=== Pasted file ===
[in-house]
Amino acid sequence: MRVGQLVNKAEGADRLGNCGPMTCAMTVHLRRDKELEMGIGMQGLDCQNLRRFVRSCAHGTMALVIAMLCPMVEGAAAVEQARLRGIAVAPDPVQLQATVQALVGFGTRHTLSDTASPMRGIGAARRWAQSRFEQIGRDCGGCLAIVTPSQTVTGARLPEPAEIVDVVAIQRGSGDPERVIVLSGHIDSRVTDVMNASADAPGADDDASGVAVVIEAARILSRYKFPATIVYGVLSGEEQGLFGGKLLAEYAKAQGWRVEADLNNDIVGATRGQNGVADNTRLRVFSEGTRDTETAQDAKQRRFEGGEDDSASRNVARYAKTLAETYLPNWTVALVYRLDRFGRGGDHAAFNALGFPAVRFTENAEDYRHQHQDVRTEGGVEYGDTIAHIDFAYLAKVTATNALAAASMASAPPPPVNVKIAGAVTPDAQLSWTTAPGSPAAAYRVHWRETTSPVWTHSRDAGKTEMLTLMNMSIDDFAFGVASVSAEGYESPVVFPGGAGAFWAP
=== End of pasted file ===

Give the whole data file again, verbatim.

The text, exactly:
[in-house]
Amino acid sequence: MRVGQLVNKAEGADRLGNCGPMTCAMTVHLRRDKELEMGIGMQGLDCQNLRRFVRSCAHGTMALVIAMLCPMVEGAAAVEQARLRGIAVAPDPVQLQATVQALVGFGTRHTLSDTASPMRGIGAARRWAQSRFEQIGRDCGGCLAIVTPSQTVTGARLPEPAEIVDVVAIQRGSGDPERVIVLSGHIDSRVTDVMNASADAPGADDDASGVAVVIEAARILSRYKFPATIVYGVLSGEEQGLFGGKLLAEYAKAQGWRVEADLNNDIVGATRGQNGVADNTRLRVFSEGTRDTETAQDAKQRRFEGGEDDSASRNVARYAKTLAETYLPNWTVALVYRLDRFGRGGDHAAFNALGFPAVRFTENAEDYRHQHQDVRTEGGVEYGDTIAHIDFAYLAKVTATNALAAASMASAPPPPVNVKIAGAVTPDAQLSWTTAPGSPAAAYRVHWRETTSPVWTHSRDAGKTEMLTLMNMSIDDFAFGVASVSAEGYESPVVFPGGAGAFWAP